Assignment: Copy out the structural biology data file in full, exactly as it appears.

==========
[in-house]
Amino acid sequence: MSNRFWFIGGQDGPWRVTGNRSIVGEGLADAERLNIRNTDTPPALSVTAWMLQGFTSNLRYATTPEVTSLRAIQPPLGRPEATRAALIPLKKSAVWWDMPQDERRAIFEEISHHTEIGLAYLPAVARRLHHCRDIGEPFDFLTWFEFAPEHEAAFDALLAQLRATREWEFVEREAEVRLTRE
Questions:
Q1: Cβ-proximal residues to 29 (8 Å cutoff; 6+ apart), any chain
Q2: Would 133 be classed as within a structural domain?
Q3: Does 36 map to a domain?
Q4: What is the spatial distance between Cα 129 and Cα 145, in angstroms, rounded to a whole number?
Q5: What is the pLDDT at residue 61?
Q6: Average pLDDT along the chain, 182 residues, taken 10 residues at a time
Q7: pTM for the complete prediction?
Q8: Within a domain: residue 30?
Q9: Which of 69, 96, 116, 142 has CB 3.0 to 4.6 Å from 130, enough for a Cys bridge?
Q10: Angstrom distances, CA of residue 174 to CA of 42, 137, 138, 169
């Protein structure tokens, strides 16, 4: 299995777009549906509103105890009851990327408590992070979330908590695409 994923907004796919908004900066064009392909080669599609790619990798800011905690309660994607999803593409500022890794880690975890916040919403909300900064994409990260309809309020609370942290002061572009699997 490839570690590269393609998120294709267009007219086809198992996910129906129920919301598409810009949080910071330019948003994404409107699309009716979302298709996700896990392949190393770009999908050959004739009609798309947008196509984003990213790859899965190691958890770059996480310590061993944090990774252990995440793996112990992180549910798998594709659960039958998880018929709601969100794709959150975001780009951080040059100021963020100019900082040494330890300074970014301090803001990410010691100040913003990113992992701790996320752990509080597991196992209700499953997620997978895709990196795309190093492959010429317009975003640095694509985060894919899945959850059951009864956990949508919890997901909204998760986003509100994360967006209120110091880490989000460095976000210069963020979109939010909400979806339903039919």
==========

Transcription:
[in-house]
Amino acid sequence: MSNRFWFIGGQDGPWRVTGNRSIVGEGLADAERLNIRNTDTPPALSVTAWMLQGFTSNLRYATTPEVTSLRAIQPPLGRPEATRAALIPLKKSAVWWDMPQDERRAIFEEISHHTEIGLAYLPAVARRLHHCRDIGEPFDFLTWFEFAPEHEAAFDALLAQLRATREWEFVEREAEVRLTRE
Questions:
Q1: Cβ-proximal residues to 29 (8 Å cutoff; 6+ apart), any chain
Q2: Would 133 be classed as within a structural domain?
Q3: Does 36 map to a domain?
Q4: What is the spatial distance between Cα 129 and Cα 145, in angstroms, rounded to a whole number?
Q5: What is the pLDDT at residue 61?
Q6: Average pLDDT along the chain, 182 residues, taken 10 residues at a time
Q7: pTM for the complete prediction?
Q8: Within a domain: residue 30?
Q9: Which of 69, 96, 116, 142 has CB 3.0 to 4.6 Å from 130, enough for a Cys bridge?
Q10: Angstrom distances, CA of residue 174 to CA of 42, 137, 138, 169
């Protein structure tokens, strides 16, 4: 299995777009549906509103105890009851990327408590992070979330908590695409 994923907004796919908004900066064009392909080669599609790619990798800011905690309660994607999803593409500022890794880690975890916040919403909300900064994409990260309809309020609370942290002061572009699997 490839570690590269393609998120294709267009007219086809198992996910129906129920919301598409810009949080910071330019948003994404409107699309009716979302298709996700896990392949190393770009999908050959004739009609798309947008196509984003990213790859899965190691958890770059996480310590061993944090990774252990995440793996112990992180549910798998594709659960039958998880018929709601969100794709959150975001780009951080040059100021963020100019900082040494330890300074970014301090803001990410010691100040913003990113992992701790996320752990509080597991196992209700499953997620997978895709990196795309190093492959010429317009975003640095694509985060894919899945959850059951009864956990949508919890997901909204998760986003509100994360967006209120110091880490989000460095976000210069963020979109939010909400979806339903039919």